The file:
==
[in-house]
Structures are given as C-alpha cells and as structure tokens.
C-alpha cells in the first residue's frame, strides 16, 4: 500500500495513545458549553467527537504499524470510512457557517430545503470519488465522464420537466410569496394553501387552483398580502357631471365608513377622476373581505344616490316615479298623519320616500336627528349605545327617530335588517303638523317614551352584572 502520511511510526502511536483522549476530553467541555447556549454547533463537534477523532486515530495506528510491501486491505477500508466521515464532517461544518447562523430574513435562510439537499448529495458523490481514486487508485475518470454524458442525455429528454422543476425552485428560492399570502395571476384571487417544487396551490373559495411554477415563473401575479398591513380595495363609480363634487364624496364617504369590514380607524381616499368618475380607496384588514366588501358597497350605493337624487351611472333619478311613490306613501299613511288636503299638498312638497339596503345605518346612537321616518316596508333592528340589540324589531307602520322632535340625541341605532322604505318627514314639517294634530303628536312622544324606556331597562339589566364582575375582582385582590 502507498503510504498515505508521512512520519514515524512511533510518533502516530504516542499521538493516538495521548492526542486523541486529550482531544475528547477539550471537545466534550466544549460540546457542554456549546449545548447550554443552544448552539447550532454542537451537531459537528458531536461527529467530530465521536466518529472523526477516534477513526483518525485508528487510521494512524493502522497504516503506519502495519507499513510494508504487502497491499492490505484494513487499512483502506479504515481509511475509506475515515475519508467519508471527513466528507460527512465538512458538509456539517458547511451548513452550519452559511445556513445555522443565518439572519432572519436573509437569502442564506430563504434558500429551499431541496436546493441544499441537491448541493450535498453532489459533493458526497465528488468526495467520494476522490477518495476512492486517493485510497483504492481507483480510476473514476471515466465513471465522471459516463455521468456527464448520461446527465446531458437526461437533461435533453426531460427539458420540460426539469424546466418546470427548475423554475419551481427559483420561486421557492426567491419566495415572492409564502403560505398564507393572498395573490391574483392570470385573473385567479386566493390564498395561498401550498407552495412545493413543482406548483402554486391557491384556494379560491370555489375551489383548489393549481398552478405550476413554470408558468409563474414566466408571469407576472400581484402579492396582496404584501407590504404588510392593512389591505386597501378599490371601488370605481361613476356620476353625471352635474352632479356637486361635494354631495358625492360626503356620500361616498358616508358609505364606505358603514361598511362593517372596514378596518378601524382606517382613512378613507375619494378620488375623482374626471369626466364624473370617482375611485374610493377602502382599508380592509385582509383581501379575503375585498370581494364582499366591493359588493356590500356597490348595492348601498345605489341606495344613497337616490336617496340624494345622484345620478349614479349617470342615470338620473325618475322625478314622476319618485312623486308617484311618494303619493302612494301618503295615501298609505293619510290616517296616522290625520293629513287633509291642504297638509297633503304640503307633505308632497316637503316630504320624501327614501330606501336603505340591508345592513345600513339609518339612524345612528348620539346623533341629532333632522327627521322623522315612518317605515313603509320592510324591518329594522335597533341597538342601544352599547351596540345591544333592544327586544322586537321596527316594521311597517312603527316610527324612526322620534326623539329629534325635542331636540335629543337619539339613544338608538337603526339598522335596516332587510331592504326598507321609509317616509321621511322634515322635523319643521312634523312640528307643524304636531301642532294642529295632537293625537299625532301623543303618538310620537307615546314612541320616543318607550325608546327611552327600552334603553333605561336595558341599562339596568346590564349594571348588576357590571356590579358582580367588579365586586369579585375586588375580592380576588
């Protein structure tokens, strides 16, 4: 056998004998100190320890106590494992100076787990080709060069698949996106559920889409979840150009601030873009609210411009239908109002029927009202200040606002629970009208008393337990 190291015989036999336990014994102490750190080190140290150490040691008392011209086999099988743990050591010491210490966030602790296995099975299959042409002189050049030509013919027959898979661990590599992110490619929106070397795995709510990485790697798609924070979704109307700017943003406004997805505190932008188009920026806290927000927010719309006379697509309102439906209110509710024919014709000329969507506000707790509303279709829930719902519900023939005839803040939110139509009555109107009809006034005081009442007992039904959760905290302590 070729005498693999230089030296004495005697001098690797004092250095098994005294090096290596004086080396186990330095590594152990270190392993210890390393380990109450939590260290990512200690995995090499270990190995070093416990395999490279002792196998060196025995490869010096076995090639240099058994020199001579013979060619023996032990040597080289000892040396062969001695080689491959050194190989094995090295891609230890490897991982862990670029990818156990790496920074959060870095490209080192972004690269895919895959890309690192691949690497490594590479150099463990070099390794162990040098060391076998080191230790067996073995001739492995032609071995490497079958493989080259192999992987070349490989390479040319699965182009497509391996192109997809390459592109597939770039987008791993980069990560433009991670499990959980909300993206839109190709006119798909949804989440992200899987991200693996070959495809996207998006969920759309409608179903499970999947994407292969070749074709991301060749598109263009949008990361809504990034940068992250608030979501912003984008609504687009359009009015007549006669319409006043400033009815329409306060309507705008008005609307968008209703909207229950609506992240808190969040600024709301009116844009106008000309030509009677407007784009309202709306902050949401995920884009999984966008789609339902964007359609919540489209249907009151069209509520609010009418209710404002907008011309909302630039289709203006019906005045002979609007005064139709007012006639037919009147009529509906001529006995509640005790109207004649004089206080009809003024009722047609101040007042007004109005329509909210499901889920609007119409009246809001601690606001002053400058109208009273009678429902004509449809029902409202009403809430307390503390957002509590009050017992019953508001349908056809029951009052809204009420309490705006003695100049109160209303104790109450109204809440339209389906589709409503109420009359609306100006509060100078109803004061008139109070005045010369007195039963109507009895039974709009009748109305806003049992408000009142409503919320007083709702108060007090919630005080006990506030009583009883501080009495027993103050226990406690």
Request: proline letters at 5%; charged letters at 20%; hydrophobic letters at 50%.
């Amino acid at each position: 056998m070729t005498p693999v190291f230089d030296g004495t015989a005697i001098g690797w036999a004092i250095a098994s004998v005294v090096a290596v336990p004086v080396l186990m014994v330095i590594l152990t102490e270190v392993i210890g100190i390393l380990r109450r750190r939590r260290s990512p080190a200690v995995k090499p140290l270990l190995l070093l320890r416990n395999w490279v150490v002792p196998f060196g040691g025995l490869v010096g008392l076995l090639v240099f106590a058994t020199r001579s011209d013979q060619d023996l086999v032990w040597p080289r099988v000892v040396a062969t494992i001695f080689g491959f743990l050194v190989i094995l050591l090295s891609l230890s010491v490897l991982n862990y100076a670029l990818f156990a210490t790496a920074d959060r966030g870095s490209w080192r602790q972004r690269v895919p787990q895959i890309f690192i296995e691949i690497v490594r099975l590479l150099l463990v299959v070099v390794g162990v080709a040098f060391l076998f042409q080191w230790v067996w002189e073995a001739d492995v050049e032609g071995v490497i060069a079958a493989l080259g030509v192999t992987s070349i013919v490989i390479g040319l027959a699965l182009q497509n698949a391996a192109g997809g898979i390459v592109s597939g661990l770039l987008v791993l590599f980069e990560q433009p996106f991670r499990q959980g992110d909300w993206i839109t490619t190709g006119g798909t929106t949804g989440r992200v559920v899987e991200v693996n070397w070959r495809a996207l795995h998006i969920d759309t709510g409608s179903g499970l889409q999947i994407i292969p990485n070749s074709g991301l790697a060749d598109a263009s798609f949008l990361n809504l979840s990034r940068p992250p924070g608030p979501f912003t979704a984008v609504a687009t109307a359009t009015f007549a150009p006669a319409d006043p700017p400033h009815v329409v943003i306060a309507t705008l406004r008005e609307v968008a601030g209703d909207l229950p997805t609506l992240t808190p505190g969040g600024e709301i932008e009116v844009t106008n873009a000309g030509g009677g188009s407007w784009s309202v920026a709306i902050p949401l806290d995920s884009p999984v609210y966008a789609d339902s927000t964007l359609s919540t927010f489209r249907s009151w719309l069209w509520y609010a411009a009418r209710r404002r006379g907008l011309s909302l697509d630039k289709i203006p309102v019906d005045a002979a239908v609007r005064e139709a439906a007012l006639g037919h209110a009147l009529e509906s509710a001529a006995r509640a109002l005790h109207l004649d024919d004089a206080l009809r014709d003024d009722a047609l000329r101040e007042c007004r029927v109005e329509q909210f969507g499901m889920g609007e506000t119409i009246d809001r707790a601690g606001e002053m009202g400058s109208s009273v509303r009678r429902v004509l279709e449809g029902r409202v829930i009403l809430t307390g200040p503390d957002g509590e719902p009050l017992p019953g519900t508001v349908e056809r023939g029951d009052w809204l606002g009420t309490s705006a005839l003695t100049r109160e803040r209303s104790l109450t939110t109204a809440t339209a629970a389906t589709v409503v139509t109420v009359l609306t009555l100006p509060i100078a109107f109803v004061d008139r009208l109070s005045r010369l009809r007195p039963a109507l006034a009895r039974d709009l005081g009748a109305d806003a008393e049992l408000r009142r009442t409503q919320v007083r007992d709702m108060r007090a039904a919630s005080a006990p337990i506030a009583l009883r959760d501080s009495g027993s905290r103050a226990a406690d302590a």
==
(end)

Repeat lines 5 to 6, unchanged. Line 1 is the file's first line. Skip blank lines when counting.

Request: proline letters at 5%; charged letters at 20%; hydrophobic letters at 50%.
């Amino acid at each position: 056998m070729t005498p693999v190291f230089d030296g004495t015989a005697i001098g690797w036999a004092i250095a098994s004998v005294v090096a290596v336990p004086v080396l186990m014994v330095i590594l152990t102490e270190v392993i210890g100190i390393l380990r109450r750190r939590r260290s990512p080190a200690v995995k090499p140290l270990l190995l070093l320890r416990n395999w490279v150490v002792p196998f060196g040691g025995l490869v010096g008392l076995l090639v240099f106590a058994t020199r001579s011209d013979q060619d023996l086999v032990w040597p080289r099988v000892v040396a062969t494992i001695f080689g491959f743990l050194v190989i094995l050591l090295s891609l230890s010491v490897l991982n862990y100076a670029l990818f156990a210490t790496a920074d959060r966030g870095s490209w080192r602790q972004r690269v895919p787990q895959i890309f690192i296995e691949i690497v490594r099975l590479l150099l463990v299959v070099v390794g162990v080709a040098f060391l076998f042409q080191w230790v067996w002189e073995a001739d492995v050049e032609g071995v490497i060069a079958a493989l080259g030509v192999t992987s070349i013919v490989i390479g040319l027959a699965l182009q497509n698949a391996a192109g997809g898979i390459v592109s597939g661990l770039l987008v791993l590599f980069e990560q433009p996106f991670r499990q959980g992110d909300w993206i839109t490619t190709g006119g798909t929106t949804g989440r992200v559920v899987e991200v693996n070397w070959r495809a996207l795995h998006i969920d759309t709510g409608s179903g499970l889409q999947i994407i292969p990485n070749s074709g991301l790697a060749d598109a263009s798609f949008l990361n809504l979840s990034r940068p992250p924070g608030p979501f912003t979704a984008v609504a687009t109307a359009t009015f007549a150009p006669a319409d006043p700017p400033h009815v329409v943003i306060a309507t705008l406004r008005e609307v968008a601030g209703d909207l229950p997805t609506l992240t808190p505190g969040g600024e709301i932008e009116v844009t106008n873009a000309g030509g009677g188009s407007w784009s309202v920026a709306i902050p949401l806290d995920s884009p999984v609210y966008a789609d339902s927000t964007l359609s919540t927010f489209r249907s009151w719309l069209w509520y609010a411009a009418r209710r404002r006379g907008l011309s909302l697509d630039k289709i203006p309102v019906d005045a002979a239908v609007r005064e139709a439906a007012l006639g037919h209110a009147l009529e509906s509710a001529a006995r509640a109002l005790h109207l004649d024919d004089a206080l009809r014709d003024d009722a047609l000329r101040e007042c007004r029927v109005e329509q909210f969507g499901m889920g609007e506000t119409i009246d809001r707790a601690g606001e002053m009202g400058s109208s009273v509303r009678r429902v004509l279709e449809g029902r409202v829930i009403l809430t307390g200040p503390d957002g509590e719902p009050l017992p019953g519900t508001v349908e056809r023939g029951d009052w809204l606002g009420t309490s705006a005839l003695t100049r109160e803040r209303s104790l109450t939110t109204a809440t339209a629970a389906t589709v409503v139509t109420v009359l609306t009555l100006p509060i100078a109107f109803v004061d008139r009208l109070s005045r010369l009809r007195p039963a109507l006034a009895r039974d709009l005081g009748a109305d806003a008393e049992l408000r009142r009442t409503q919320v007083r007992d709702m108060r007090a039904a919630s005080a006990p337990i506030a009583l009883r959760d501080s009495g027993s905290r103050a226990a406690d302590a």